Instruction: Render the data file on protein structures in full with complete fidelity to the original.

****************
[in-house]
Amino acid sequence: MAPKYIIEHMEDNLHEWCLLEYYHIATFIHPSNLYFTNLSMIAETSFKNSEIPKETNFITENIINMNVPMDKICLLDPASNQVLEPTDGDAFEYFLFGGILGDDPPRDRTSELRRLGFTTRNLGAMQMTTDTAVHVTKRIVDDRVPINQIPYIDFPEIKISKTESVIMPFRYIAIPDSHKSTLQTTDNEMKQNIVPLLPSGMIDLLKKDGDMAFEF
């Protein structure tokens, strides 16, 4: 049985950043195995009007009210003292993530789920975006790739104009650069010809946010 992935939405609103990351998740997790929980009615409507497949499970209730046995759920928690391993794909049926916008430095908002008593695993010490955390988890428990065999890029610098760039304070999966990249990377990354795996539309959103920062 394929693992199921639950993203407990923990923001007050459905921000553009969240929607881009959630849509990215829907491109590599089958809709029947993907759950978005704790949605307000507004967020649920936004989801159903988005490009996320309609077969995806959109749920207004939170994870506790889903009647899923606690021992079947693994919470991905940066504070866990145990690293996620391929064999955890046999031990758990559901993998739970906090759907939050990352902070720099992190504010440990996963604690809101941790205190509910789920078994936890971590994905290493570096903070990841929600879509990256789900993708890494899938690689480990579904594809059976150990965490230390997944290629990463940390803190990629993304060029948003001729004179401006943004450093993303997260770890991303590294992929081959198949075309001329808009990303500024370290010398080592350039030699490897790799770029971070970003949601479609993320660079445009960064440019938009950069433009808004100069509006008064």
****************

[in-house]
Amino acid sequence: MAPKYIIEHMEDNLHEWCLLEYYHIATFIHPSNLYFTNLSMIAETSFKNSEIPKETNFITENIINMNVPMDKICLLDPASNQVLEPTDGDAFEYFLFGGILGDDPPRDRTSELRRLGFTTRNLGAMQMTTDTAVHVTKRIVDDRVPINQIPYIDFPEIKISKTESVIMPFRYIAIPDSHKSTLQTTDNEMKQNIVPLLPSGMIDLLKKDGDMAFEF
């Protein structure tokens, strides 16, 4: 049985950043195995009007009210003292993530789920975006790739104009650069010809946010 992935939405609103990351998740997790929980009615409507497949499970209730046995759920928690391993794909049926916008430095908002008593695993010490955390988890428990065999890029610098760039304070999966990249990377990354795996539309959103920062 394929693992199921639950993203407990923990923001007050459905921000553009969240929607881009959630849509990215829907491109590599089958809709029947993907759950978005704790949605307000507004967020649920936004989801159903988005490009996320309609077969995806959109749920207004939170994870506790889903009647899923606690021992079947693994919470991905940066504070866990145990690293996620391929064999955890046999031990758990559901993998739970906090759907939050990352902070720099992190504010440990996963604690809101941790205190509910789920078994936890971590994905290493570096903070990841929600879509990256789900993708890494899938690689480990579904594809059976150990965490230390997944290629990463940390803190990629993304060029948003001729004179401006943004450093993303997260770890991303590294992929081959198949075309001329808009990303500024370290010398080592350039030699490897790799770029971070970003949601479609993320660079445009960064440019938009950069433009808004100069509006008064």